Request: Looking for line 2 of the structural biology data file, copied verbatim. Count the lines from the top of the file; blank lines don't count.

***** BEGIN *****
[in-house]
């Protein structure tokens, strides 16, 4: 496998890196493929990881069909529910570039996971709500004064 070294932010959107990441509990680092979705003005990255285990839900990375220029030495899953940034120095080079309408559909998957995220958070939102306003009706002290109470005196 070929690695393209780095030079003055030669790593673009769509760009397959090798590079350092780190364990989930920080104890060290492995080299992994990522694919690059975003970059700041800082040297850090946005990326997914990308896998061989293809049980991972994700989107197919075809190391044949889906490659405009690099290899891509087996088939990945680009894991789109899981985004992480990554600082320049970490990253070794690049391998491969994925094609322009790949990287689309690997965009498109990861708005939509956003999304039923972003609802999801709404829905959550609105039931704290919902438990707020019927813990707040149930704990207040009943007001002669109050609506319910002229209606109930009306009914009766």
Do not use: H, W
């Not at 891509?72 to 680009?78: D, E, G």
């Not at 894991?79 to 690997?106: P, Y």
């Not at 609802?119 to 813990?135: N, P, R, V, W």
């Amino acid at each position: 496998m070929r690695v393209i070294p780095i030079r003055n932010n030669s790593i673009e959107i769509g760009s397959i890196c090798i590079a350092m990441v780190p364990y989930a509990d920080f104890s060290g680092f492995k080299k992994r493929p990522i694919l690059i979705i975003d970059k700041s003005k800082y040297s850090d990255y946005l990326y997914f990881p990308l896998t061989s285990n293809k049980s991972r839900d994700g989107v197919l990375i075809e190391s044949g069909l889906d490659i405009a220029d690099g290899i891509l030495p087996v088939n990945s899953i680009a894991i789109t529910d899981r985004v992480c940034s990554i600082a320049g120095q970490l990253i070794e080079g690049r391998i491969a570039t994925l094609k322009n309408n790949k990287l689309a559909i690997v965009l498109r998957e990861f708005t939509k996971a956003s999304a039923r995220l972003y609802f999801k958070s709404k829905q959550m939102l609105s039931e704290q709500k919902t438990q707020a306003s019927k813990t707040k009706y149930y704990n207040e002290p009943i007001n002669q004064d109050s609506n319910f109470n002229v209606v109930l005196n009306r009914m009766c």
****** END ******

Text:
């Protein structure tokens, strides 16, 4: 496998890196493929990881069909529910570039996971709500004064 070294932010959107990441509990680092979705003005990255285990839900990375220029030495899953940034120095080079309408559909998957995220958070939102306003009706002290109470005196 070929690695393209780095030079003055030669790593673009769509760009397959090798590079350092780190364990989930920080104890060290492995080299992994990522694919690059975003970059700041800082040297850090946005990326997914990308896998061989293809049980991972994700989107197919075809190391044949889906490659405009690099290899891509087996088939990945680009894991789109899981985004992480990554600082320049970490990253070794690049391998491969994925094609322009790949990287689309690997965009498109990861708005939509956003999304039923972003609802999801709404829905959550609105039931704290919902438990707020019927813990707040149930704990207040009943007001002669109050609506319910002229209606109930009306009914009766």